Two Board Members are Buying this Stock
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Woodward Inc. (NASDAQ: WWD) is an industrial goods company that provides control and optimization systems (such as valves and pumps) for aerospace and energy customers. In the first two days of August, Board member Paul Donovan bought 9,500 shares of stock in Woodward at an average price of $32.97 per share. This attracted our attention because insider buying is statistically a bullish signal, since when an insider buys stock they are forgoing an opportunity to better diversify their investments.
Donovan’s activity coincided with a smaller, but still considerable, purchase by fellow Board member Gregg Sengstack. Sengstack purchased 2,500 shares on Aug. 2at an average price of $32.75. Multiple insiders buying a stock is a particularly strong bullish signal, as companies in which this occurs tend to outperform the market in the future. Woodward has slumped 17% this year; in the last three quarters it has missed earnings expectations twice and exactly met them once.
The only hedge fund with ownership above $6 million in Woodward, according to our database of 13F filings with the SEC, was Chuck Royce’s Royce & Associates. Royce owned 4.7 million shares of the company at the end of March, roughly the same position that the fund has owned ever since the end of 2010. Billionaires Jim Simons and Israel Englander had small positions in the stock as well.
In Woodward’s third fiscal quarter, which ended on June 30, the company reported a 5% increase in revenue compared to the third quarter of the last fiscal year. However, costs rose more quickly -- including a nearly 30% increase in R&D costs -- and falling margins pulled the company’s earnings per share to 40 cents, down from 51 cents in the same period of the prior year. This performance was a slowdown compared to the first half of Woodward’s fiscal year. Over the first nine months the company has seen its revenue increase by 9% and its earnings per share rise by 5%. The energy segment has led Woodward’s growth, but the aerospace segment has seen its revenue grow over the first three quarters of the fiscal year as well.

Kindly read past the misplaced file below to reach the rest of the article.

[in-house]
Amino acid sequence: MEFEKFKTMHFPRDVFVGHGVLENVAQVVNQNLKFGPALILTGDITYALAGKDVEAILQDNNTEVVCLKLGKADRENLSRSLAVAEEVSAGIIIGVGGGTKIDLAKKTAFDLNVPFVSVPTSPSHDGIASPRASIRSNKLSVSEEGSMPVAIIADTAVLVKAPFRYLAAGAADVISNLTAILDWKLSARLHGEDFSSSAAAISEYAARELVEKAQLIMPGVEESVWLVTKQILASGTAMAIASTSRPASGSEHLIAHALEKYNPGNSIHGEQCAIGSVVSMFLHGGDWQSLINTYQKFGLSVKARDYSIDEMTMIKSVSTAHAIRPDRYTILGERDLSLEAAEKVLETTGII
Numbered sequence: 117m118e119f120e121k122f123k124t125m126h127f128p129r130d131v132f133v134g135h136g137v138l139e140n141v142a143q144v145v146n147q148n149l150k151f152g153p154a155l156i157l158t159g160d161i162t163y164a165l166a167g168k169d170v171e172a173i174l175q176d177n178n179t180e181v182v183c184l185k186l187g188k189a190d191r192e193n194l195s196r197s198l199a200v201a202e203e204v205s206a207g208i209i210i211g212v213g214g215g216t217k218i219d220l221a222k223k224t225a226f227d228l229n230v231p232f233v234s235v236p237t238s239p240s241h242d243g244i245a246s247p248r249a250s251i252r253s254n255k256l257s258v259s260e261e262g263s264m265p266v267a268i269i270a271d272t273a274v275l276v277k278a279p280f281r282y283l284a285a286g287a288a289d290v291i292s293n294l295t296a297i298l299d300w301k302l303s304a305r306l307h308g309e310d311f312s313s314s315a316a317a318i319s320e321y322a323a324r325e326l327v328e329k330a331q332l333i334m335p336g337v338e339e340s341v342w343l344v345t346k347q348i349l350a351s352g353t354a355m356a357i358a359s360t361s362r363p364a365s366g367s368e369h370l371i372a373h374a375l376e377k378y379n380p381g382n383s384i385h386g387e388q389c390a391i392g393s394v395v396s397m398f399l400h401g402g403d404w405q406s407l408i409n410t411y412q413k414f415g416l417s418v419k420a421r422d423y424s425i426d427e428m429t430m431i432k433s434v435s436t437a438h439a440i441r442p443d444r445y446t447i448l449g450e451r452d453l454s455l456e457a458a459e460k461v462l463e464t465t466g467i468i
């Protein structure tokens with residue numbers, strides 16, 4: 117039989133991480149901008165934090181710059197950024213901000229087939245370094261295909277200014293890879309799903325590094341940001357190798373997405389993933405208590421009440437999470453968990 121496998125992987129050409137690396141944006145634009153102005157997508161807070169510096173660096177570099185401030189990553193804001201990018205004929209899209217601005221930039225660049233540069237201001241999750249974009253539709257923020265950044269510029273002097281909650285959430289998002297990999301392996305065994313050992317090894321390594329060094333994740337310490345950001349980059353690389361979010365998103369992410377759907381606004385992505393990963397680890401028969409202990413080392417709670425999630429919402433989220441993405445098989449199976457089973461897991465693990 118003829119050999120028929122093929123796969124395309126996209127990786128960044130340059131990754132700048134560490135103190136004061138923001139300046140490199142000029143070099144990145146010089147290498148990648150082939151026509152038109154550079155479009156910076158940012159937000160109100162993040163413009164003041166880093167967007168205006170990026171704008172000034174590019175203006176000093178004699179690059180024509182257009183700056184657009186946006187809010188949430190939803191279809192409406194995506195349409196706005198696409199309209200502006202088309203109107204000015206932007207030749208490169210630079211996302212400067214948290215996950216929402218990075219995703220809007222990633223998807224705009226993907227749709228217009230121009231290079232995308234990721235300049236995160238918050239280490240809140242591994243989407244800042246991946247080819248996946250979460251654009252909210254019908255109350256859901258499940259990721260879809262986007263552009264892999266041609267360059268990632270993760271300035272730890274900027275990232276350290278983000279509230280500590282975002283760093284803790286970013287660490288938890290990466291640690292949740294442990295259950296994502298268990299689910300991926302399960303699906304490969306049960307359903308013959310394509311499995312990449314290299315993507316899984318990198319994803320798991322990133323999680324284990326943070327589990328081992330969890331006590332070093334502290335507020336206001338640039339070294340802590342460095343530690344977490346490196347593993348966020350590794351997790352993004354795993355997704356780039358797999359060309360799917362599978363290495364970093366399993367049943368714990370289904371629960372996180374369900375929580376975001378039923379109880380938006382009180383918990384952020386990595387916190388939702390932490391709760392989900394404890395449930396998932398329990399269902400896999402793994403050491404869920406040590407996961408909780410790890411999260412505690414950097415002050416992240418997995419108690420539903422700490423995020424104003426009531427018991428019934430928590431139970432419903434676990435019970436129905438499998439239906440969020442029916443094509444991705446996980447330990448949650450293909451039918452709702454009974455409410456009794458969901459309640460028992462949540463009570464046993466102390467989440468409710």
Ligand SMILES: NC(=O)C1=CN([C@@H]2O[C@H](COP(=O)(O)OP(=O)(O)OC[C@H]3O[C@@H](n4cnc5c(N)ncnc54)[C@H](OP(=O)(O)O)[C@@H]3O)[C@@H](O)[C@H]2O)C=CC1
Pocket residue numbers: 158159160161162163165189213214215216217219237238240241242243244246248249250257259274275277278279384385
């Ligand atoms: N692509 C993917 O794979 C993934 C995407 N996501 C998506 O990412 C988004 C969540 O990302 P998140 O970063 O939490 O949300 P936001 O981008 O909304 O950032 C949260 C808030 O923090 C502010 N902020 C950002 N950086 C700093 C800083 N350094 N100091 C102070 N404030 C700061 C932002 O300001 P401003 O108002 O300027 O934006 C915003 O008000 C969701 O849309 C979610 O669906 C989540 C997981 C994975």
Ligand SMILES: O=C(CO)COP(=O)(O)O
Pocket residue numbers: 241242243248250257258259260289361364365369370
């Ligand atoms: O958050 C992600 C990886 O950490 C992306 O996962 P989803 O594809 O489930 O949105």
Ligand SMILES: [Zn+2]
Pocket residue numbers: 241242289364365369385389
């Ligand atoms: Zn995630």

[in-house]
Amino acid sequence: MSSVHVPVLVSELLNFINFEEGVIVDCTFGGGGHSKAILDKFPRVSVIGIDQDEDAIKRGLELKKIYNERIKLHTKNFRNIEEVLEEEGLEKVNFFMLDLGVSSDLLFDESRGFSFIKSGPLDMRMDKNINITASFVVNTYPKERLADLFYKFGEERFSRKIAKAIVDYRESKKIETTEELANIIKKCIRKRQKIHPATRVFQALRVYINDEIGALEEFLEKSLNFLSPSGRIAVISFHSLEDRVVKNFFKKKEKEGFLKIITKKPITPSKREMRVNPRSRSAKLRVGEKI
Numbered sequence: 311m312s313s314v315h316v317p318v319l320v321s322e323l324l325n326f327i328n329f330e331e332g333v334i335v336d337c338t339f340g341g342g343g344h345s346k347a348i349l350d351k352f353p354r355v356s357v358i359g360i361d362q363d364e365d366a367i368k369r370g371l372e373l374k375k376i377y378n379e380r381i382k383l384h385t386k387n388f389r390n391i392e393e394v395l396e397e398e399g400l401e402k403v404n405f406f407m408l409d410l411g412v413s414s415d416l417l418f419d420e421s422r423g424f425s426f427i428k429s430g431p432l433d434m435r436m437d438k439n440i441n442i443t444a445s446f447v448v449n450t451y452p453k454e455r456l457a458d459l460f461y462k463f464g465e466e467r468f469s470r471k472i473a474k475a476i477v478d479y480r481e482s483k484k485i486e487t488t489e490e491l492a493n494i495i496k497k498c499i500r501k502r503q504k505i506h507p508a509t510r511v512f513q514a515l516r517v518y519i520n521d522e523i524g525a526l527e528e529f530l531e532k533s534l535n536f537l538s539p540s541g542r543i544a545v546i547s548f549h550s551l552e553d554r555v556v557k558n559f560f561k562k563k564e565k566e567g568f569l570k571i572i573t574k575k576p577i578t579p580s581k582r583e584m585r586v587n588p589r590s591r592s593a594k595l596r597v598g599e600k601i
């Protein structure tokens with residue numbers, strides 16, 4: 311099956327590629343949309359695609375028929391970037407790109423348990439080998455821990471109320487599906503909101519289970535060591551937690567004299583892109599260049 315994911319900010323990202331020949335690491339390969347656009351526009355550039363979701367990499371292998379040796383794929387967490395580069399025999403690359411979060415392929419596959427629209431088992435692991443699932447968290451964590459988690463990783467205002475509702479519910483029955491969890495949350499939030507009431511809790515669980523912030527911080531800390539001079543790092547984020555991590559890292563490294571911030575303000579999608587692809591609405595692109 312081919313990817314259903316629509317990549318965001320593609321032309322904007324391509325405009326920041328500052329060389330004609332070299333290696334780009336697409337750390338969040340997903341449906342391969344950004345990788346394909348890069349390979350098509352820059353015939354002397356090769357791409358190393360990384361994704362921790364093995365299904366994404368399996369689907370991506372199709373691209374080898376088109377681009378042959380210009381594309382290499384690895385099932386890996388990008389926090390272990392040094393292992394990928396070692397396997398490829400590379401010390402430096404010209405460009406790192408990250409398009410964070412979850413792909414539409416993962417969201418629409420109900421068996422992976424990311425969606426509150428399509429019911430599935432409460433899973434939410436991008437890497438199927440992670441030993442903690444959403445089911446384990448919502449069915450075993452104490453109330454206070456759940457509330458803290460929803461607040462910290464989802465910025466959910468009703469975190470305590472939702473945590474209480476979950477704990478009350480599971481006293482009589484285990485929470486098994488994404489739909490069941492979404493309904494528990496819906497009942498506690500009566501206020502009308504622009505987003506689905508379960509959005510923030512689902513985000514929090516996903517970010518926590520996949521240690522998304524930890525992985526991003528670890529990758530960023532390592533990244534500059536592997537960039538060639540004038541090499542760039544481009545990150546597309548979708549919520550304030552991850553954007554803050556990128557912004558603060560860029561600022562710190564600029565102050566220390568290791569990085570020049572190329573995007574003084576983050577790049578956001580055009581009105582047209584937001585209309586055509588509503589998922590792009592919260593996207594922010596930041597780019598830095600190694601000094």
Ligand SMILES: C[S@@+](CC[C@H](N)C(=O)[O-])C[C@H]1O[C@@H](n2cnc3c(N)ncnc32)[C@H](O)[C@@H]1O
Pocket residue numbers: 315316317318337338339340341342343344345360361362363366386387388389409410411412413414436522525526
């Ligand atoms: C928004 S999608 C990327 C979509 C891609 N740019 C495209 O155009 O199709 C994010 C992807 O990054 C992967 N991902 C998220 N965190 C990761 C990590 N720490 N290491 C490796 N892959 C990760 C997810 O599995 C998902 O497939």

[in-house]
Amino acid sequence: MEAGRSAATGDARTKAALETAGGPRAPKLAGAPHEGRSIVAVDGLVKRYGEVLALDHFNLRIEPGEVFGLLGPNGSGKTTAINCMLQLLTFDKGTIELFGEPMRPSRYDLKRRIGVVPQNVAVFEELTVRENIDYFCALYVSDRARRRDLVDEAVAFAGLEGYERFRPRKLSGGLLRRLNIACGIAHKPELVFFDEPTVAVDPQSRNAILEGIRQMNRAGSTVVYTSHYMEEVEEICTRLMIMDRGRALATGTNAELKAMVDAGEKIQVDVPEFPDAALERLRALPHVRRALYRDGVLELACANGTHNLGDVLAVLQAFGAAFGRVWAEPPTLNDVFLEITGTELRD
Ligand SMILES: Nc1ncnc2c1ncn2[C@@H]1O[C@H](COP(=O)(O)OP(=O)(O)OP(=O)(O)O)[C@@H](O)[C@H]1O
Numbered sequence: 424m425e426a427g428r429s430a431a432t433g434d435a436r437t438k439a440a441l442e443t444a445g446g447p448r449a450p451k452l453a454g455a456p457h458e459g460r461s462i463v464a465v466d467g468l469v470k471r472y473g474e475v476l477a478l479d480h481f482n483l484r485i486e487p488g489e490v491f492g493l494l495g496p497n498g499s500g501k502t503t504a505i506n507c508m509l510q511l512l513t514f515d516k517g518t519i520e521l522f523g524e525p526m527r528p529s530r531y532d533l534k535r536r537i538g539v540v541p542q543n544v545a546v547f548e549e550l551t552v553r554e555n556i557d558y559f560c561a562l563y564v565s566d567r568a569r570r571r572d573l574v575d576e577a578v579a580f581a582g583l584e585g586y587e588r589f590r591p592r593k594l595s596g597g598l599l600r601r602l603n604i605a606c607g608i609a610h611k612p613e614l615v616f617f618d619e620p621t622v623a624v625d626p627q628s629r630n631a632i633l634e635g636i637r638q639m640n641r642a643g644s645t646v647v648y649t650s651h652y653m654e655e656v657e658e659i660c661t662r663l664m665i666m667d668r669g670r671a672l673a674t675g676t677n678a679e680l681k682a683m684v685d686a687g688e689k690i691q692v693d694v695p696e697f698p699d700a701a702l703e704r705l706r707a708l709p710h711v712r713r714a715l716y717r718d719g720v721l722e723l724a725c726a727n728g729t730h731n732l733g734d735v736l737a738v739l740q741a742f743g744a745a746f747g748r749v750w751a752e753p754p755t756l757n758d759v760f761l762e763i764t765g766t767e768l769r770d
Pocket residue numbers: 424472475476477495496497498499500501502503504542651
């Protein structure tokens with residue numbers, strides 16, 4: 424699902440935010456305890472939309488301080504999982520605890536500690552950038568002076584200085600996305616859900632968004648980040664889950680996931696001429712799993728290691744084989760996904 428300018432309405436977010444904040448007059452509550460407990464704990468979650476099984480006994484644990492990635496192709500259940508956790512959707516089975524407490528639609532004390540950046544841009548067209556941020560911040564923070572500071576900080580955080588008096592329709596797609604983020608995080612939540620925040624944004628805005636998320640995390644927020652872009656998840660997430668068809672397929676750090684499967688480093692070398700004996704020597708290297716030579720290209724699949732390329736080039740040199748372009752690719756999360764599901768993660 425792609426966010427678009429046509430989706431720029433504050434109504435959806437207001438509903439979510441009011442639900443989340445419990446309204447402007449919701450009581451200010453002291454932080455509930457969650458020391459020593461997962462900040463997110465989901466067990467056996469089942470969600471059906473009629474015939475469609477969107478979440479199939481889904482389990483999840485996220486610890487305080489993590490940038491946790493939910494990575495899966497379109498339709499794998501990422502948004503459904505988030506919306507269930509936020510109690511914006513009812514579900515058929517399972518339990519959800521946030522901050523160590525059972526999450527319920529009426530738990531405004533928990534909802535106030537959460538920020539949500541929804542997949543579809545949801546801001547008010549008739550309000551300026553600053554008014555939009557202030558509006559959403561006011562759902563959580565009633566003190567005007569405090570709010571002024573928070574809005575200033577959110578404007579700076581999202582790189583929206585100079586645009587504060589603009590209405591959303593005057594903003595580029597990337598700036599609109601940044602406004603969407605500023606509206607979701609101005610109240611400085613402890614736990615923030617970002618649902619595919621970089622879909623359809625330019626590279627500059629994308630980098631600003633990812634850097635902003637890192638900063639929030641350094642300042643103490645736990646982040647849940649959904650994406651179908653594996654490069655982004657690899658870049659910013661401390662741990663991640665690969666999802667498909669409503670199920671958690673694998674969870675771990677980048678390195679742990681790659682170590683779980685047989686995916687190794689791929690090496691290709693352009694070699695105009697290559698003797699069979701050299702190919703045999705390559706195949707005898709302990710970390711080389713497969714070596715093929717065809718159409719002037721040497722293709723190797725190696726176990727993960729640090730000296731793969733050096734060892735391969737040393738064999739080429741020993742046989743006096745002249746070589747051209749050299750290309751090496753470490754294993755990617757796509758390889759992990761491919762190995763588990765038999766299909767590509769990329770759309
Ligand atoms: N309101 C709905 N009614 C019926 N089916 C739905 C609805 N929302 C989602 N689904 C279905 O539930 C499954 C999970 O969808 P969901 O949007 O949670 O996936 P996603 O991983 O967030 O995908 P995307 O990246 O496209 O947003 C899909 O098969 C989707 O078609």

Woodward currently trades at a trailing P/E of 18 and at 14 times forward earnings estimates, which is about fairly priced for a slowly growing company with a very low (about 1%) dividend yield. Investors should also note that the stock’s beta of 1.7 means that it is exposed to fluctuations in the broader market.
The company’s two closest peers are Parker Hannifin (NYSE: PH), which provides hydraulic and flow control systems to industrial and aerospace customers, and Westinghouse Air Brake Technologies (NYSE: WAB), which provides pneumatic devices, heat exchanges, and other products to railroads, manufacturers, and utilities. Parker Hannifin trades at considerably lower multiples than Woodward -- a trailing P/E of 11, a forward P/E of 10 -- grew its earnings in the last quarter compared to the same period the previous year, has beaten earnings estimates in the last two quarters, and pays a slightly higher dividend yield of about 2%. Like Woodward, Parker Hannifin is exposed to demand from aerospace customers, but it seems better priced for this risk. Westinghouse has been growing its earnings recently and trades at 17 times trailing earnings, and so seems to be even with Woodward on a value basis and beating it on a growth basis.
Another competitor, Hamilton Sundstrand, is a business unit of United Technologies (NYSE: UTX) and accounts for about 10% of its parent’s revenue. United Technologies’ business has been fairly stagnant compared to last year but it trades at 16 times trailing earnings and pays a 2.8% dividend yield. We see a number of positive traits in Woodward’s peers -- perhaps they might make good buys as well -- but we like to see a consensus of insider buying and that’s exactly what Woodward is offering.
This article is written by Matt Doiron and edited by Meena Krishnamsetty. They don't own shares in any of the stocks mentioned in this article. The Motley Fool has no positions in the stocks mentioned above. Try any of our Foolish newsletter services free for 30 days. We Fools may not all hold the same opinions, but we all believe that considering a diverse range of insights makes us better investors. The Motley Fool has a disclosure policy. If you have questions about this post or the Fool’s blog network, click here for information.